@Mrknowitall - valid point. I remember when exhaust brakes first came out "Jake brake" was the most common system I remember. There were guys that were blowing engines because of over revving.
The Cummins system does look like the best system but only if the tranny would of done its job.

It is interesting to note that these tests favor the Ford tranny over the Allison tranny.

Diesel engines have two redlines: one under combustion pressure, and another for overrun retardation.

Pickuptrucks.com should have found out what the limits are, and posted them. (Don't you guys have contacts at Ford/GM/Chrysler?)

Secondly, all of these engines have intake throttles-which control eEGR, why aren't they integrated into the whole engine brake package?
Are pickups that much less sophisticated than the rest of the automobile universe?

@George- under vacuume, tbe engine has less retardation than under pressure. That means the throttle is less effective than an exhaust brake.
@Lou- while the V8's can safely spin to over 5 grand, the I-6 just isn't built for that. Ultimately, that means less retardation, no matter what the transmission.

Everybody:: there are 4 types of braking systems, 1) is the brakes built into the wheels, 2) then there is the (exhaust) brake where the exhuast system is mechanicly blocked when you take you foot off the fuel pedal. 3) then there is the (Jake-brake), where inside the engine there are soliniods atached to some of the valves, this is where it can get compicated because there are diff. systems, the top of the line offers 3 of the 6 cly or 2 of the 6cly or1 of the cly to work for diff. levels of retardation, it is diff. on 12,8,6,4, cly engines all diff. types. and 4) Caterpilar has a very complicated sys. of oil passages in the fly-wheel, that creates resistance with a lever on the steering colume. The most common on p/u's thou are exhaust type brakes! and finaly some of these systems word with cruze control when you gain speed going down hill. Sandman 4X4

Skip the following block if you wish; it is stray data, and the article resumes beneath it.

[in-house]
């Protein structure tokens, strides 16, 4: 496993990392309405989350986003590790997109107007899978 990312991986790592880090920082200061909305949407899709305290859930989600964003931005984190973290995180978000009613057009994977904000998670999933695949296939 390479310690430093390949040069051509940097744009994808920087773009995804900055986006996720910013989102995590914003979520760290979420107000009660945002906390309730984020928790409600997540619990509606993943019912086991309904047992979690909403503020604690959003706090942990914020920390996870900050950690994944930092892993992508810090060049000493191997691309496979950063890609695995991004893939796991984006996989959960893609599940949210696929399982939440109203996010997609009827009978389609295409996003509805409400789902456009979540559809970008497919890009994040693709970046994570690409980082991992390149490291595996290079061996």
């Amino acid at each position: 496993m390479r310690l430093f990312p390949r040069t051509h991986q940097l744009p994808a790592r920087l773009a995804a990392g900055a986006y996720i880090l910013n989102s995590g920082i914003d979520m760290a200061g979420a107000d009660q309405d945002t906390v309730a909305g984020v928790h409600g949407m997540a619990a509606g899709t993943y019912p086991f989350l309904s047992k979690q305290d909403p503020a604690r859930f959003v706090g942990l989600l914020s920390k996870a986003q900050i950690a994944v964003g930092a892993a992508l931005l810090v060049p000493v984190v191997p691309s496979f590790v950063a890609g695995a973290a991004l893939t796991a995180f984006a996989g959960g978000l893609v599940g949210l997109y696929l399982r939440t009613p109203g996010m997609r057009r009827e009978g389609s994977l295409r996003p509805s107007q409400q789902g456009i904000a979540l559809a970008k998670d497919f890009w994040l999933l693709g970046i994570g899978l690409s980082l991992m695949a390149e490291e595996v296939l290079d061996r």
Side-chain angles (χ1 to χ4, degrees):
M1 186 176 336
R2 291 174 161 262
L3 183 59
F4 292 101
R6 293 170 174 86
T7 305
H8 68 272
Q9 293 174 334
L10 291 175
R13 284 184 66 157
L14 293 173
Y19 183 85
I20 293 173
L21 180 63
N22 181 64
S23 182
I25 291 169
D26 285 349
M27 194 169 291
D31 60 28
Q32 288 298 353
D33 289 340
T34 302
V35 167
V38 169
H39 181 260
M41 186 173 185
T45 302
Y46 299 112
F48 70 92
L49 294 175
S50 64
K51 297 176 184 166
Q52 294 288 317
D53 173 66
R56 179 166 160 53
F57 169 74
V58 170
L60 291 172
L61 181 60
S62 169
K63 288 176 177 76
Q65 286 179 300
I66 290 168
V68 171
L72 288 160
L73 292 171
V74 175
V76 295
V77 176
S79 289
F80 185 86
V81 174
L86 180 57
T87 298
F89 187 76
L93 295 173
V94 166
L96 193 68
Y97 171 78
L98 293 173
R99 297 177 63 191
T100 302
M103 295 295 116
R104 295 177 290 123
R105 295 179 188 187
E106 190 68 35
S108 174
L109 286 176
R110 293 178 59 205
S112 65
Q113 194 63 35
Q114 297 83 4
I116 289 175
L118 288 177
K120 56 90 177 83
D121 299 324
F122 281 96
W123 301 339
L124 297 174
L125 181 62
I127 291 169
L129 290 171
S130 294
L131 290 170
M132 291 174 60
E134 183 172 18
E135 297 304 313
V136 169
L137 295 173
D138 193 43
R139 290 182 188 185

@Mr. Knowitall.
I didn't say that the intake throttles need to be fully closed, but closed so that there is negative work done on the intake stroked.(60 degrees or so)
This would help with the negative work done on the exhaust stroke from an exhaust restriction system.
Fully throttling would nullify the exhaust brake.

Yes, an exhaust brake has more possible negative power potential because you can only get 1 atmosphere of pressure differential from vacuum. But how much cool air (relative to the normal combustion exhaust gas temperature) can be pumped into the exhaust system before the catalytic converter cools below the critical temperature?

@George- I see what you're talking about. I'd have to check what we do here as far as using the throttle. For the catalytic cooling off, the energy that is being absorbed by the engine, is largely put into heating the expelled air (friction from being forced through the exhaust brake. This will keep the cats warm to some extent. worst case, it behaves like on cold start for a bit. Should warm right back up- what goes down, usually goes right back up.